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Malpractice Consult: When a lawyer wants a patient's records


When a lawyer wants a patient's records


Malpractice Consult

Lee J. Johnson, JD

Answers to your questions

When a lawyer wants a patient's records

Q: A plaintiffs' attorney has requested that I forward a patient's records to him, and he included the patient's signed authorization. What can I do to defend myself? What will the attorney do with the records? How long will I have to worry about this? On average, what percentage of patients who contact an attorney actually have a case go to trial?

A: First, notify your insurance carrier about the request as soon as possible, and don't send any records until the insurer agrees. Reporting a potential claim before any lawsuit is filed allows the company to start an investigation and take your statement for future reference. That's key because relevant details tend to get fuzzy over time.

Second, until you get the okay to send a copy of the records, store them in a secure place. Many insurers recommend that you keep them in a locked file so no one can alter or copy them. Some disgruntled staffers have been known to sell records to attorneys.

Carefully review the case with your insurer. Determining whether you may have erred is always a challenge and calls for objectivity. Virtually every record contains some entry that raises the question of whether something could have been done better or differently. Ask yourself whether the treatment records could be turned against you in any way. Your insurer will likely have an independent physician review it as well.

While doing your own review, resist any temptation to "improve" or "clarify" the records. The patient's attorneys have most likely already made copies. Any change is likely to be discovered and would appear self-serving at best. Jurors are particularly tough on physicians when records have been altered. No matter how innocent your intentions, it will look like a coverup.

Although the attorney's letter is upsetting, try to take some comfort in the fact that the odds are against a lawsuit. Successful malpractice firms usually say they accept only one in 20 patient complaints after listening to the patient and reviewing the records. Even if you did something wrong, the potential damages may be too small for an attorney to think the case is worthwhile.

What if you are sued? The odds are that there won't be a judgment against you. More than 70 percent of malpractice cases are closed with no indemnity payment to the patient, according to statistics compiled by the Physician Insurers Association of America. When cases go to a jury trial, physicians win more than 75 percent of the time.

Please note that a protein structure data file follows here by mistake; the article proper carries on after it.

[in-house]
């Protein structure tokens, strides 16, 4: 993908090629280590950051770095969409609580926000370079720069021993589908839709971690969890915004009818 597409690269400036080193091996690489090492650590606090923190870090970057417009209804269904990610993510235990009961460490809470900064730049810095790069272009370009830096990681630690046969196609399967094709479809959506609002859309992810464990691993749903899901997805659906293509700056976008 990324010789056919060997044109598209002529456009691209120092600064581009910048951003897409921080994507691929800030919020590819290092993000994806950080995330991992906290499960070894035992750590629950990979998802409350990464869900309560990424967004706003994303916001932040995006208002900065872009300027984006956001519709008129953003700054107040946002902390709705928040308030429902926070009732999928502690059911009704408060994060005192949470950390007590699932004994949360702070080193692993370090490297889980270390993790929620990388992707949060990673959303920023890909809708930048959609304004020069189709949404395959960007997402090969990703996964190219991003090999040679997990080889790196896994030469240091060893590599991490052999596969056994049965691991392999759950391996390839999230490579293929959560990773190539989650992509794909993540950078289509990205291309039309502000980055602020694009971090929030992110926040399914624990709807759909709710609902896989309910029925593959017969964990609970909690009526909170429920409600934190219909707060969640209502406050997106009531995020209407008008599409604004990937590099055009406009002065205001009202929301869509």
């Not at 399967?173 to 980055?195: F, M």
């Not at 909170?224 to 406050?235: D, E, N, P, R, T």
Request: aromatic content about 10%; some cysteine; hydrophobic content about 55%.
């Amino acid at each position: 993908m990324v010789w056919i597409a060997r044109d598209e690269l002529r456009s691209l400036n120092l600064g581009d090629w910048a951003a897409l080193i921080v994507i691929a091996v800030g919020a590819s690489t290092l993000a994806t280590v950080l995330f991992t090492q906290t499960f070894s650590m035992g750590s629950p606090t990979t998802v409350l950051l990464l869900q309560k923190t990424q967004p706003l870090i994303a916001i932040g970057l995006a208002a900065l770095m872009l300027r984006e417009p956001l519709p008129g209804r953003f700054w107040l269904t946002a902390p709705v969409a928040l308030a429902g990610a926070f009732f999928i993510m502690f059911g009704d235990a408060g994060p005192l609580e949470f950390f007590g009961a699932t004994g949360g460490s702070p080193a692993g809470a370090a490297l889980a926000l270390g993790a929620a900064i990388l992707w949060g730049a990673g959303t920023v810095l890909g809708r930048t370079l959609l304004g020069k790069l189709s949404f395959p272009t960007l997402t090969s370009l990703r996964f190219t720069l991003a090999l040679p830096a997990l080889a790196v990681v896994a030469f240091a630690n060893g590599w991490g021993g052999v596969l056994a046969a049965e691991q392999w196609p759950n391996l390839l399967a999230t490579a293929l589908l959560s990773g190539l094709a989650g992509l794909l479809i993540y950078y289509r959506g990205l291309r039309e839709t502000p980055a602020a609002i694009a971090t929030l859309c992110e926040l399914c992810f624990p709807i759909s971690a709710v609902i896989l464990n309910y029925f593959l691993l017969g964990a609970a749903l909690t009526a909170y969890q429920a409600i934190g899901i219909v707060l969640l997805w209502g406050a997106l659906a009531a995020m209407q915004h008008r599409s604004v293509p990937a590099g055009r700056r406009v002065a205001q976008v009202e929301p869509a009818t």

Once your insurer gives you the go-ahead to release the records to the plaintiff's attorney, he'll likely have a nurse who works for the law firm review them. If she thinks the patient's complaint has merit, the firm will turn to a physician they're comfortable with to review the records and offer a verbal opinion. If the attorney wants to pursue the case, he'll locate expert witnesses in the relevant specialty.

You can help protect yourself by doing some medical research on the relevant issues and the important specialists in the field. You can help your assigned counsel learn the medicine and select your experts. If you know of an expert who favors your particular mode of treatment, ask your counsel to contact him.

As for how long you'll have to worry about the possibility of suit, in most states, the statute of limitations runs about two to three years from the last date of treatment. You can be sure the plaintiff's firm is aware of the claim's "expiration date," and it's not uncommon for a suit to be filed in the 11th hour. So you may have to wait and worry for a while. Even though the odds are in your favor, get ready for the bumpy ride of litigation.


The author, who can be contacted at 2402 Regent Drive, Mount Kisco, NY 10549, or at lj@bestweb.net, is a health care attorney who specializes in risk management issues. This department answers common professional-liability questions. It isn't intended to provide specific legal advice. If you have a question, please submit it to Malpractice Consult, Medical Economics magazine, 5 Paragon Drive, Montvale, NJ 07645-1742. You may also fax your question to 201-722-2688 or send it via e-mail to memalp@medec.com.


Lee Johnson. Malpractice Consult. Medical Economics 2002;22:91.

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